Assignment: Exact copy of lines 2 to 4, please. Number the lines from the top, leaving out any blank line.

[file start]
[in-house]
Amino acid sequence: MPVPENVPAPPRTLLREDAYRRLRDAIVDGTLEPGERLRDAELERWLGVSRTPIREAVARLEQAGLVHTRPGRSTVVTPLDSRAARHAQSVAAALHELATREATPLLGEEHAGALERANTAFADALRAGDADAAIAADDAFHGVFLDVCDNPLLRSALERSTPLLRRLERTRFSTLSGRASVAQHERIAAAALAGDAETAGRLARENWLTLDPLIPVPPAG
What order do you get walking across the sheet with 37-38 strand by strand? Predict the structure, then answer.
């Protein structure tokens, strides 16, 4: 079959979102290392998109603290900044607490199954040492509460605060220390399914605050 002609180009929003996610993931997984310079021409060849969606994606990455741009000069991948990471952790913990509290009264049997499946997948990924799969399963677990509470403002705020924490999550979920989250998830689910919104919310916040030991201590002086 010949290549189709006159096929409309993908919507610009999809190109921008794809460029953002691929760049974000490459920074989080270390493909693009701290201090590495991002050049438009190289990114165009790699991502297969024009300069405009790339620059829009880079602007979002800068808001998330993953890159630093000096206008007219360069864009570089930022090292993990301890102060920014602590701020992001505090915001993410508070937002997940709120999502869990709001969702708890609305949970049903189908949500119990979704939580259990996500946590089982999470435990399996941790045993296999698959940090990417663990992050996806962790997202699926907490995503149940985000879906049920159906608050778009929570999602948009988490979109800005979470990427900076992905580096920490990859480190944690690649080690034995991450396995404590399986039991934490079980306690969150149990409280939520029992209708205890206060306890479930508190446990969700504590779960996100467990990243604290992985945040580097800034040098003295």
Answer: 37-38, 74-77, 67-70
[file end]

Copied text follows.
Amino acid sequence: MPVPENVPAPPRTLLREDAYRRLRDAIVDGTLEPGERLRDAELERWLGVSRTPIREAVARLEQAGLVHTRPGRSTVVTPLDSRAARHAQSVAAALHELATREATPLLGEEHAGALERANTAFADALRAGDADAAIAADDAFHGVFLDVCDNPLLRSALERSTPLLRRLERTRFSTLSGRASVAQHERIAAAALAGDAETAGRLARENWLTLDPLIPVPPAG
What order do you get walking across the sheet with 37-38 strand by strand? Predict the structure, then answer.
């Protein structure tokens, strides 16, 4: 079959979102290392998109603290900044607490199954040492509460605060220390399914605050 002609180009929003996610993931997984310079021409060849969606994606990455741009000069991948990471952790913990509290009264049997499946997948990924799969399963677990509470403002705020924490999550979920989250998830689910919104919310916040030991201590002086 010949290549189709006159096929409309993908919507610009999809190109921008794809460029953002691929760049974000490459920074989080270390493909693009701290201090590495991002050049438009190289990114165009790699991502297969024009300069405009790339620059829009880079602007979002800068808001998330993953890159630093000096206008007219360069864009570089930022090292993990301890102060920014602590701020992001505090915001993410508070937002997940709120999502869990709001969702708890609305949970049903189908949500119990979704939580259990996500946590089982999470435990399996941790045993296999698959940090990417663990992050996806962790997202699926907490995503149940985000879906049920159906608050778009929570999602948009988490979109800005979470990427900076992905580096920490990859480190944690690649080690034995991450396995404590399986039991934490079980306690969150149990409280939520029992209708205890206060306890479930508190446990969700504590779960996100467990990243604290992985945040580097800034040098003295």